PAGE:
Intracellular calcium transients and developed tension in rat heart muscle: A mechanismfor the negative interval-strength relationship

C. H. Orchard, E. G. Lakatta

Research output: Contribution to journalArticlepeer-review

Abstract

Thepurposes of the present study were to determine (a) whether changes of intracellular [Ca2+] (Ca;) can account for the decrease of developed tension observed in rat heart muscle when stimulation rate is increased, and (6) whether the effect of stimulation rate on Ca; is altered in conditions in which the rate of repriming of the sarcoplasmic reticulum (SR) is altered, as when perfusate [Ca2+] (Ca0) is increased, and in heart muscle from senescent animals. The photoprotein aequorin was used to monitor Cai in rat papillary muscles. In muscles from 6-mo-old rats, increasing the stimulation rate in the range 0.2-0.66 Hz led to parallel decreases of both the aequorin light transient and developed tension when Cao was 2 mM. When Ca0 was increased to 4 mM, changes in the stimulation rate had less effect on both the light transient and tension. At 8 mM Ca0 changing the stimulation rate had no effect on either the light transient or developed tension. Papillary muscles from 24-mo-old rats, in which SR function is likely to be depressed, exhibited a prolonged Ca21 transient and twitch. At a Ca of 4 or 8 mM, increasing the stimulation rate from 0.33 to 0.66 Hz still led to decreases in the size of the aequorin light transient and developed tension in these muscles. Developed tension and aequorin light responded to increases of Ca0 in the same way in both groups of muscles. We conclude that under the conditions of our experiments, developed tension is determined by Ca0. The negative interval-strength relationship observed when Ca0 is in the physiological range can be accounted for by a timedependent recycling of Ca2+ by the SR. The effects of increasing Ca0 and the age-related differences observed at high Ca0 can also be accounted for using this model.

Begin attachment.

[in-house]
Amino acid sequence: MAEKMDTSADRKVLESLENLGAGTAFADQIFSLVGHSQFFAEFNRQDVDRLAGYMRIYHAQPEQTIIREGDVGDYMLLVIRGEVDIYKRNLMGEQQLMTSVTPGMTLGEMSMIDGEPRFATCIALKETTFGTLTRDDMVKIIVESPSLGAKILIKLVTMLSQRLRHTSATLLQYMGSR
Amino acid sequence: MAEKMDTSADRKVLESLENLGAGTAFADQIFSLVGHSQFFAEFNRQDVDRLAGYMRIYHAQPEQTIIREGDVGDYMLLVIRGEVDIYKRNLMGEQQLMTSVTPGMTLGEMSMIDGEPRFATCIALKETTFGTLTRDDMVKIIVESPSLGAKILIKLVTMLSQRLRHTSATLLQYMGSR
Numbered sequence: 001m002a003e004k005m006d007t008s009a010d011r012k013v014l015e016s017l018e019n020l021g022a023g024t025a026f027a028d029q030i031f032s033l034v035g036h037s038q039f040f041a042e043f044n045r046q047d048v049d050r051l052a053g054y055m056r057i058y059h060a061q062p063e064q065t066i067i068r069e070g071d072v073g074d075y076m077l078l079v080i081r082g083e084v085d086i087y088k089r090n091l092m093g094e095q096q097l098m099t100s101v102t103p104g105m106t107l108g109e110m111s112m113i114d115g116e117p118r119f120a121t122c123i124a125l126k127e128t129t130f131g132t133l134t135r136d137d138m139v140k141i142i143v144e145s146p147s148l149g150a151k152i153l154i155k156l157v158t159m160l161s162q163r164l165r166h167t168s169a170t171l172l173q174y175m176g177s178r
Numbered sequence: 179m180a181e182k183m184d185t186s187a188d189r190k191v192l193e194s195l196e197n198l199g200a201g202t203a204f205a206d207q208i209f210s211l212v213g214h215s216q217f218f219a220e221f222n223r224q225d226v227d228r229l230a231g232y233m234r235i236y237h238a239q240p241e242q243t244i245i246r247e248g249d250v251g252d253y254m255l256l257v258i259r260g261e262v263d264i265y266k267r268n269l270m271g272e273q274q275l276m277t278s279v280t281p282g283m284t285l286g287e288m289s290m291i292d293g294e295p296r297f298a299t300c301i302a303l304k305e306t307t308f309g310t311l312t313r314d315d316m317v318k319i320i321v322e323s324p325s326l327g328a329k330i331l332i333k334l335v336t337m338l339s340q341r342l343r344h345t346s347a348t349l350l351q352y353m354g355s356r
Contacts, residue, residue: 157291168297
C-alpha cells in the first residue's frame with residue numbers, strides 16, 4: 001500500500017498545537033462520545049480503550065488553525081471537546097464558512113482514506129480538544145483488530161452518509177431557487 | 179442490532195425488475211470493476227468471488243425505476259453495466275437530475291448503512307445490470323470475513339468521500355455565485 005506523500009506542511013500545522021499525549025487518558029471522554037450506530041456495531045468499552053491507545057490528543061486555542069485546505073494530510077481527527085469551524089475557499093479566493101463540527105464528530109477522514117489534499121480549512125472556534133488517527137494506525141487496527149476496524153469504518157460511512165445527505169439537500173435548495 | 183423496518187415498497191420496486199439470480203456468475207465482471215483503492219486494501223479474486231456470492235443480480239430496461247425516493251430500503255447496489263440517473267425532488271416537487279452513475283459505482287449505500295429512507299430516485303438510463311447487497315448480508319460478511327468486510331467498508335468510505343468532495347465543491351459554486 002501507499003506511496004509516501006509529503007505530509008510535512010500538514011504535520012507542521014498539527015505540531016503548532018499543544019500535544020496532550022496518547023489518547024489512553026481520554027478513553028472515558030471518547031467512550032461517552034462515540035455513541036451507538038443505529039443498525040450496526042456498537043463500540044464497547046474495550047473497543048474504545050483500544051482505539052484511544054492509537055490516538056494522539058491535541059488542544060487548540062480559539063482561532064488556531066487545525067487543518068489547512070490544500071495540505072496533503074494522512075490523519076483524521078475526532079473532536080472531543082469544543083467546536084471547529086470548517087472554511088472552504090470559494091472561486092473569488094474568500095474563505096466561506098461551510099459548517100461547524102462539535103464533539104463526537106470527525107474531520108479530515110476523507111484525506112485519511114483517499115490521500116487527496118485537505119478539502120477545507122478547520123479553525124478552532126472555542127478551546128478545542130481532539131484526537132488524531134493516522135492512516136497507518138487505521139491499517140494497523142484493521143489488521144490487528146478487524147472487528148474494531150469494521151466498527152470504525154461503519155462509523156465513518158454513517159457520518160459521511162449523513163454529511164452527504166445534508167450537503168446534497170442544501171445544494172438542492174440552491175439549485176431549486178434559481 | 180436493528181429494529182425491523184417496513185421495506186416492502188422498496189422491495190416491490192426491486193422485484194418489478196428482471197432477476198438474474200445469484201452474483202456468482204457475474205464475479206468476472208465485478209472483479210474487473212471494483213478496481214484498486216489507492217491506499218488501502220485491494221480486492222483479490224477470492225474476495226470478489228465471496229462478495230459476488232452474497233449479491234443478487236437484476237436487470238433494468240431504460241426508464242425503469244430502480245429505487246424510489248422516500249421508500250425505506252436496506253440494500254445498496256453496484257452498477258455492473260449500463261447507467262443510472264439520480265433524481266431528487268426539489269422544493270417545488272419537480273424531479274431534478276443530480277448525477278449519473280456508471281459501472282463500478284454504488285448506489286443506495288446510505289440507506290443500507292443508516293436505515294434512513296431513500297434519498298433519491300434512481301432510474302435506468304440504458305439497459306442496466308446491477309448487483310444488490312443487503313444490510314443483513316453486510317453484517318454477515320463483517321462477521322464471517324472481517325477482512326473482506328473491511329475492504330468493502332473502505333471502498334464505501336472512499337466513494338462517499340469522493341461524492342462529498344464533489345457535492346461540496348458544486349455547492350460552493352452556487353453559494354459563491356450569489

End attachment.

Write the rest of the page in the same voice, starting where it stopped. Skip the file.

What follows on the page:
Original languageEnglish (US)
Pages (from-to)637-651
Number of pages15
JournalJournal of General Physiology
Volume86
Issue number5
DOIs
StatePublished - Nov 1 1985

ASJC Scopus subject areas

  • Physiology

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